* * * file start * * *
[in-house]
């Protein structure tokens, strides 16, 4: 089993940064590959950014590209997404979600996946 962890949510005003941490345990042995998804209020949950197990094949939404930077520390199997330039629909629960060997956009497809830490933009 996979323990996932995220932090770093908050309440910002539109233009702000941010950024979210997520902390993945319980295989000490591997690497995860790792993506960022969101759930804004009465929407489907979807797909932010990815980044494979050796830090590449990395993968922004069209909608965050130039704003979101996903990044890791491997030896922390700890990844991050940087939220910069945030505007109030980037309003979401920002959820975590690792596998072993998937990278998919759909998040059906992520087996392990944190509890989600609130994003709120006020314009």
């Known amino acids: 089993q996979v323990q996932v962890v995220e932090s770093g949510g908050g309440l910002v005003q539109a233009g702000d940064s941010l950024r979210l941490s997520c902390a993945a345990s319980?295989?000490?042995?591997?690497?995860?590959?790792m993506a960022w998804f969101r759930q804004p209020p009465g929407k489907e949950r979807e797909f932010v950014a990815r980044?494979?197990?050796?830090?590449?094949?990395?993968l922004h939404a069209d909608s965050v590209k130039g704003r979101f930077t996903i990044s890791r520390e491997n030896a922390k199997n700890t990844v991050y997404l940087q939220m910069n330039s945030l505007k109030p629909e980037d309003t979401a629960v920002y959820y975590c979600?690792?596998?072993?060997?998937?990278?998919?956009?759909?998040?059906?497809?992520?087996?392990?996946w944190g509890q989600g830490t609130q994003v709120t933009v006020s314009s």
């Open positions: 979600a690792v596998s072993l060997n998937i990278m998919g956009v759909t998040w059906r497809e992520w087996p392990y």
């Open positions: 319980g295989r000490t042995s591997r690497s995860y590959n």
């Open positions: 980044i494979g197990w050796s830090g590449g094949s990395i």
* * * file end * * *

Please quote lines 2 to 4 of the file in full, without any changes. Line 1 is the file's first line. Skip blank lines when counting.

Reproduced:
């Protein structure tokens, strides 16, 4: 089993940064590959950014590209997404979600996946 962890949510005003941490345990042995998804209020949950197990094949939404930077520390199997330039629909629960060997956009497809830490933009 996979323990996932995220932090770093908050309440910002539109233009702000941010950024979210997520902390993945319980295989000490591997690497995860790792993506960022969101759930804004009465929407489907979807797909932010990815980044494979050796830090590449990395993968922004069209909608965050130039704003979101996903990044890791491997030896922390700890990844991050940087939220910069945030505007109030980037309003979401920002959820975590690792596998072993998937990278998919759909998040059906992520087996392990944190509890989600609130994003709120006020314009």
């Known amino acids: 089993q996979v323990q996932v962890v995220e932090s770093g949510g908050g309440l910002v005003q539109a233009g702000d940064s941010l950024r979210l941490s997520c902390a993945a345990s319980?295989?000490?042995?591997?690497?995860?590959?790792m993506a960022w998804f969101r759930q804004p209020p009465g929407k489907e949950r979807e797909f932010v950014a990815r980044?494979?197990?050796?830090?590449?094949?990395?993968l922004h939404a069209d909608s965050v590209k130039g704003r979101f930077t996903i990044s890791r520390e491997n030896a922390k199997n700890t990844v991050y997404l940087q939220m910069n330039s945030l505007k109030p629909e980037d309003t979401a629960v920002y959820y975590c979600?690792?596998?072993?060997?998937?990278?998919?956009?759909?998040?059906?497809?992520?087996?392990?996946w944190g509890q989600g830490t609130q994003v709120t933009v006020s314009s």
């Open positions: 979600a690792v596998s072993l060997n998937i990278m998919g956009v759909t998040w059906r497809e992520w087996p392990y």